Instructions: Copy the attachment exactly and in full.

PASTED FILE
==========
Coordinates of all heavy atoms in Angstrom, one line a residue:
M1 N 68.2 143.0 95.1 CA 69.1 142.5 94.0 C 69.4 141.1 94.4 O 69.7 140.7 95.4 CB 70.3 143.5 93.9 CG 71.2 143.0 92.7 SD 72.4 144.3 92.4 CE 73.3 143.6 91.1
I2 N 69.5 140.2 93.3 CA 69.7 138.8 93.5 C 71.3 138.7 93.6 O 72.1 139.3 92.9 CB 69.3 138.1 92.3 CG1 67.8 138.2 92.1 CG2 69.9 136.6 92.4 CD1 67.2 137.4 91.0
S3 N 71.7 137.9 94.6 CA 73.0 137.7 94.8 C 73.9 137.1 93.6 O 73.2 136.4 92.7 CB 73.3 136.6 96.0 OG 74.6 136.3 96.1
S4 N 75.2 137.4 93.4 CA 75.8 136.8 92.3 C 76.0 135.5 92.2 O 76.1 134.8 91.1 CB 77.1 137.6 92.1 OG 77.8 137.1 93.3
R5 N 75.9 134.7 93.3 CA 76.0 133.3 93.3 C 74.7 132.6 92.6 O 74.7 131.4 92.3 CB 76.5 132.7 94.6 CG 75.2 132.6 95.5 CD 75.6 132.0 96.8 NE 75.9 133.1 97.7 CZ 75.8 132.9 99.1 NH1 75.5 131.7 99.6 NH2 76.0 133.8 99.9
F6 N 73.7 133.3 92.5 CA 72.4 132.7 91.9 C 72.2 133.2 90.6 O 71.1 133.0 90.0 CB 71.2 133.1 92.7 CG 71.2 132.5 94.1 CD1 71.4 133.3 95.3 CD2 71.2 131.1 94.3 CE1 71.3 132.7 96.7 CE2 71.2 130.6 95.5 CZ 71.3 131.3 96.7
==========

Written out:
Coordinates of all heavy atoms in Angstrom, one line a residue:
M1 N 68.2 143.0 95.1 CA 69.1 142.5 94.0 C 69.4 141.1 94.4 O 69.7 140.7 95.4 CB 70.3 143.5 93.9 CG 71.2 143.0 92.7 SD 72.4 144.3 92.4 CE 73.3 143.6 91.1
I2 N 69.5 140.2 93.3 CA 69.7 138.8 93.5 C 71.3 138.7 93.6 O 72.1 139.3 92.9 CB 69.3 138.1 92.3 CG1 67.8 138.2 92.1 CG2 69.9 136.6 92.4 CD1 67.2 137.4 91.0
S3 N 71.7 137.9 94.6 CA 73.0 137.7 94.8 C 73.9 137.1 93.6 O 73.2 136.4 92.7 CB 73.3 136.6 96.0 OG 74.6 136.3 96.1
S4 N 75.2 137.4 93.4 CA 75.8 136.8 92.3 C 76.0 135.5 92.2 O 76.1 134.8 91.1 CB 77.1 137.6 92.1 OG 77.8 137.1 93.3
R5 N 75.9 134.7 93.3 CA 76.0 133.3 93.3 C 74.7 132.6 92.6 O 74.7 131.4 92.3 CB 76.5 132.7 94.6 CG 75.2 132.6 95.5 CD 75.6 132.0 96.8 NE 75.9 133.1 97.7 CZ 75.8 132.9 99.1 NH1 75.5 131.7 99.6 NH2 76.0 133.8 99.9
F6 N 73.7 133.3 92.5 CA 72.4 132.7 91.9 C 72.2 133.2 90.6 O 71.1 133.0 90.0 CB 71.2 133.1 92.7 CG 71.2 132.5 94.1 CD1 71.4 133.3 95.3 CD2 71.2 131.1 94.3 CE1 71.3 132.7 96.7 CE2 71.2 130.6 95.5 CZ 71.3 131.3 96.7